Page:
As part of its global expansion, Coinbase has announced that it has been granted regulatory approval from the Netherlands' national bank.
In January this year, the US Marshals Service confirmed that it would proceed with an auction in the hopes of selling off some 3,813 bitcoins that were seized as the result of federal, state and local cases that involved money laundering and drug busts.
The service has now confirmed that the allotted bitcoins have now been transferred to five winning bidders, confirming that one winner walked away with 1,600 BTC ($13.4 million USD), while other buyers left with amounts of 500, 500 ($4 million USD, each), 200 ($$1.6 million USD) and 813 BTC ($6.7 million USD), respectively.
The service did not confirm the identities of the winners, however Riot Blockchain voluntarily confirmed that it was the winning bidder behind both denominations of 500 BTC.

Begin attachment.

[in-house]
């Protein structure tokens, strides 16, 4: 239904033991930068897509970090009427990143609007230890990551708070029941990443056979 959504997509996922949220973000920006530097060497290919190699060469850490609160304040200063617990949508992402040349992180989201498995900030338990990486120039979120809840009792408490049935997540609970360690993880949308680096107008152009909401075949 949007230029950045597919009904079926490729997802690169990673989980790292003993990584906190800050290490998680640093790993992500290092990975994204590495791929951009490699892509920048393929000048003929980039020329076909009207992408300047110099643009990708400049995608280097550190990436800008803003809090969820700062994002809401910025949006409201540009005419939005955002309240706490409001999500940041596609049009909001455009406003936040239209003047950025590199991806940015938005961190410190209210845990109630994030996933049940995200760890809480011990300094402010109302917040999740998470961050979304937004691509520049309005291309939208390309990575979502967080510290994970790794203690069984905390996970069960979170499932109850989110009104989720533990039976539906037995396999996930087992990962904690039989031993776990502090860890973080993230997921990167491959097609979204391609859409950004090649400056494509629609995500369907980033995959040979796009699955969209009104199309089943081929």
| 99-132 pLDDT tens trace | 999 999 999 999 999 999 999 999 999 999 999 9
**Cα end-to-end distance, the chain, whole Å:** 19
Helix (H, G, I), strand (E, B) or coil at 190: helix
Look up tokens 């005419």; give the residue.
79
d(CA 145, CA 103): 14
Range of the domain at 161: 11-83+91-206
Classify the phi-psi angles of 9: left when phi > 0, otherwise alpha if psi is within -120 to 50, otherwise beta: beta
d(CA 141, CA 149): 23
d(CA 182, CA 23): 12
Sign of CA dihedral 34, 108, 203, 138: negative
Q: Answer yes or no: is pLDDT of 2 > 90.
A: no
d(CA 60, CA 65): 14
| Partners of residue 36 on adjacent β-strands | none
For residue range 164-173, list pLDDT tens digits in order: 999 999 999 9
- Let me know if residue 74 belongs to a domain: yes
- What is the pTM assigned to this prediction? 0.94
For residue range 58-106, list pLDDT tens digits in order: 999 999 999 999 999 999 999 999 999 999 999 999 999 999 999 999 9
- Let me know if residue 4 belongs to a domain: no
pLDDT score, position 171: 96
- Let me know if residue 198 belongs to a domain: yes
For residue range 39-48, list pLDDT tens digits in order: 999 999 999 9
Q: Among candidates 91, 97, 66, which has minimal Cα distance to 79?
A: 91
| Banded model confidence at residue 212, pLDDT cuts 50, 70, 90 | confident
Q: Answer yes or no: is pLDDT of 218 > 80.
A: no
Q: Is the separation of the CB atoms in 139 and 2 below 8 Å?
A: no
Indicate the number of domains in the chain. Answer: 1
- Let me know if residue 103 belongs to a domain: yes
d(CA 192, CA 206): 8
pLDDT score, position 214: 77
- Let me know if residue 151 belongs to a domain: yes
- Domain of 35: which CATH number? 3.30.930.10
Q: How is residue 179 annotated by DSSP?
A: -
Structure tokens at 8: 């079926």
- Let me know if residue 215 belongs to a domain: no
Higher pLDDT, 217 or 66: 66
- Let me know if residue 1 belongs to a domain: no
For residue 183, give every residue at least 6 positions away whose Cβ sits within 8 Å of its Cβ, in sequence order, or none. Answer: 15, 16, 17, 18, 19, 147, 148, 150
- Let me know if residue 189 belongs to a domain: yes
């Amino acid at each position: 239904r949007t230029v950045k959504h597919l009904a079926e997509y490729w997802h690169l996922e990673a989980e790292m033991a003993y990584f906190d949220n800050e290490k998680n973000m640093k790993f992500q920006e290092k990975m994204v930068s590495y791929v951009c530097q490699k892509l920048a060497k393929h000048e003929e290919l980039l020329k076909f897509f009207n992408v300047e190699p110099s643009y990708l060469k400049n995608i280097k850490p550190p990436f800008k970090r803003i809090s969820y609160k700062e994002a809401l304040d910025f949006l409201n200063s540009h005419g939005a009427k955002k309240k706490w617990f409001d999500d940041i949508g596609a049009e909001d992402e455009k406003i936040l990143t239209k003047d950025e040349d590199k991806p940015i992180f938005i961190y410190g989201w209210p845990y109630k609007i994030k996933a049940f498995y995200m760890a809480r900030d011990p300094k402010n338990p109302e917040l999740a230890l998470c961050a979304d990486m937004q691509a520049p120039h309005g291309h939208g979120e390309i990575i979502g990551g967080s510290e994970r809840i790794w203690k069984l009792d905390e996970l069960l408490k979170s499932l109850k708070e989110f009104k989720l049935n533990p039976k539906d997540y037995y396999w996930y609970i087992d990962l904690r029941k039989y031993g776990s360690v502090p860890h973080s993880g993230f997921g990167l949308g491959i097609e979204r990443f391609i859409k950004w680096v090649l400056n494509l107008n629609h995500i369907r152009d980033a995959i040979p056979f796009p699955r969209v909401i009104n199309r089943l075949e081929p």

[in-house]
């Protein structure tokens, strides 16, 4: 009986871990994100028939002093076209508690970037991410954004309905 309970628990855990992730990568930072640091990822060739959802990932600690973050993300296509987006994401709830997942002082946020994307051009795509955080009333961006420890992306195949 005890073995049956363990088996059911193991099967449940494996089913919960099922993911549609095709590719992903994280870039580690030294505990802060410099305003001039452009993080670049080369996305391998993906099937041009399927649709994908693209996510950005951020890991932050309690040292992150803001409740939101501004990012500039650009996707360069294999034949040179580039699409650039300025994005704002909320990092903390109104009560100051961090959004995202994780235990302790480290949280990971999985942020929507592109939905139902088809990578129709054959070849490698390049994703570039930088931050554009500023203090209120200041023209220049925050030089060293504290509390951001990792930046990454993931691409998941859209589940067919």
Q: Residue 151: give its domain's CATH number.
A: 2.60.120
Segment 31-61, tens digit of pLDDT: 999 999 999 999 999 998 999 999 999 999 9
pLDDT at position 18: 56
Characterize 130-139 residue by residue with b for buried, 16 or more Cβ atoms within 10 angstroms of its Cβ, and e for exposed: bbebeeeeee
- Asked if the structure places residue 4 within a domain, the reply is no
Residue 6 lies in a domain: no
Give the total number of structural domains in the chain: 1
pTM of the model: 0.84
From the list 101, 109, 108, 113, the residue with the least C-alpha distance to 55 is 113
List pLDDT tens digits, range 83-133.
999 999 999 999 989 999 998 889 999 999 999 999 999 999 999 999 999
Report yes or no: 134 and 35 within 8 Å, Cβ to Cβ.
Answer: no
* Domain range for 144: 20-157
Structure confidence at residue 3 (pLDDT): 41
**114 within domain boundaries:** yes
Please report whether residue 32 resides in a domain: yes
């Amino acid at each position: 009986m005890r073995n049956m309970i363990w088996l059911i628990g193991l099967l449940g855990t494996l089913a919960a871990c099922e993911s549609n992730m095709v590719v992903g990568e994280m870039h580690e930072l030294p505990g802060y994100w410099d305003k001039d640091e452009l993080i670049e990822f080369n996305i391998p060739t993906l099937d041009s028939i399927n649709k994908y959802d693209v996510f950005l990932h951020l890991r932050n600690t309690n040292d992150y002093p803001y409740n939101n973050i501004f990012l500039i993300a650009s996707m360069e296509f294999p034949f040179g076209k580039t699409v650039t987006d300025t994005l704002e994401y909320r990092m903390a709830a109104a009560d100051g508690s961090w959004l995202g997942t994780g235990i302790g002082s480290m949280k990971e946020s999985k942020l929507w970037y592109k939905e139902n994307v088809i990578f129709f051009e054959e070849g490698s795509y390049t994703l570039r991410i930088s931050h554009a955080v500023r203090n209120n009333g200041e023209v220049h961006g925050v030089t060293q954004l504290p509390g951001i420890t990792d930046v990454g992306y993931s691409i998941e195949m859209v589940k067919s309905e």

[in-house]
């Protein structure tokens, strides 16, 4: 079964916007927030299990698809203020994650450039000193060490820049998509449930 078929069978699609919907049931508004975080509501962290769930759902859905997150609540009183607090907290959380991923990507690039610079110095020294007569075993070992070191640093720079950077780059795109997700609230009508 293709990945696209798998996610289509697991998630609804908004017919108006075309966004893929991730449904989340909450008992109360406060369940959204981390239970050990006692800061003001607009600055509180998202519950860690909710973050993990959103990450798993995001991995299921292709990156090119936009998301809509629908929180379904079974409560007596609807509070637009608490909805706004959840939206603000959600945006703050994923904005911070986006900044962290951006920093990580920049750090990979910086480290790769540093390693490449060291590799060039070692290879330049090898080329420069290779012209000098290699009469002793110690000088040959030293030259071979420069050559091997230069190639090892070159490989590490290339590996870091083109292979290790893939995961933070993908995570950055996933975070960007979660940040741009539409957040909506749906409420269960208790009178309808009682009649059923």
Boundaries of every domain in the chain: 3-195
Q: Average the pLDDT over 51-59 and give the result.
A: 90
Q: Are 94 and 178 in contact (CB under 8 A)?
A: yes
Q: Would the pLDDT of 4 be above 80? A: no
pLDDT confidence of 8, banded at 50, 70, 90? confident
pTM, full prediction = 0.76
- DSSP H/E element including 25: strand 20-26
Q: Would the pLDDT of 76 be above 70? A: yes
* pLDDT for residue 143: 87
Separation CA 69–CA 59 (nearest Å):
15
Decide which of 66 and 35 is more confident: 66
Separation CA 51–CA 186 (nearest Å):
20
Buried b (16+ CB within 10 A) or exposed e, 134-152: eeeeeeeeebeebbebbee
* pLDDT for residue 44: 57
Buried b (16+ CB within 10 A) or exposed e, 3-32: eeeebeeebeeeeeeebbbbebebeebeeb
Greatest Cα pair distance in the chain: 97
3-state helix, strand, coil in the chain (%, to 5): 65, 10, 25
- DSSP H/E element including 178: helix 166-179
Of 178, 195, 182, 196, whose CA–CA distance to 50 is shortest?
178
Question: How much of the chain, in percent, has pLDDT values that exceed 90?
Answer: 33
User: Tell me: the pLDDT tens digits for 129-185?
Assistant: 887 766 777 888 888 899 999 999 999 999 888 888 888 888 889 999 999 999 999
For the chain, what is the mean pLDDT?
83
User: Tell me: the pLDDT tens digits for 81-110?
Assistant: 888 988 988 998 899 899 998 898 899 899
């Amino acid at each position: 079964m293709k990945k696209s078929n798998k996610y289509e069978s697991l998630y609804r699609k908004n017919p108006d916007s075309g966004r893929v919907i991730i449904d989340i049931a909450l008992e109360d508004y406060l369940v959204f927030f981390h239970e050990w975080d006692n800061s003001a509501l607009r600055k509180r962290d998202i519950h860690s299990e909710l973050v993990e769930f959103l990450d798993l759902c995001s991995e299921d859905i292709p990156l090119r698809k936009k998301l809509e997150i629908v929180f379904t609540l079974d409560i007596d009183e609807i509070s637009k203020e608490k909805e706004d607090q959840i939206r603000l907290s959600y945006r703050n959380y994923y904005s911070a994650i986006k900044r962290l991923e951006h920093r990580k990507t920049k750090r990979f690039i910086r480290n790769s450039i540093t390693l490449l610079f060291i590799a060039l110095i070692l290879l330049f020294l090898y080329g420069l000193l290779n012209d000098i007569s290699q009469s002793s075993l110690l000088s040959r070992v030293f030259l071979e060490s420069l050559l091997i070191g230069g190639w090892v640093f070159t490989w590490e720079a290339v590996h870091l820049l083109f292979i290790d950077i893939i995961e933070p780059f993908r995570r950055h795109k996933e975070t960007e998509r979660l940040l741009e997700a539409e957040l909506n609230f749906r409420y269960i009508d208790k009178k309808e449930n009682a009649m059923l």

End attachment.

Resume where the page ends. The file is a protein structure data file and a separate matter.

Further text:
The Marshals Service confirmed that it ended up selling 100 less bitcoins than anticipated due to unexpected ‘technical issues’, and will continue to keep custody of those assets.
The service first auctioned off bitcoins in 2016, where 2,700 BTC was sold for just $2 million. The agency elaborated that its most recent auction drew in 111 bids from over 62 registered bidders.
Interested bidders were required to deposit $200,000 and were tasked with completing a formal registration process.
Several governments around world continue to hold bitcoins in custody following seizures from criminal operations. The US Federal Bureau of Investigation (FBI) is estimated to be sitting on some 144,000 Bitcoins seized from operations on Silk Road – an online black market. It remains unknown as to what the FBI will do with the seized allocation in the future.
Similarly, Bulgarian government was startled to discover earlier his year that it holds some 213,519 BTC as a result of joint work that busted a sophisticated organized crime network.
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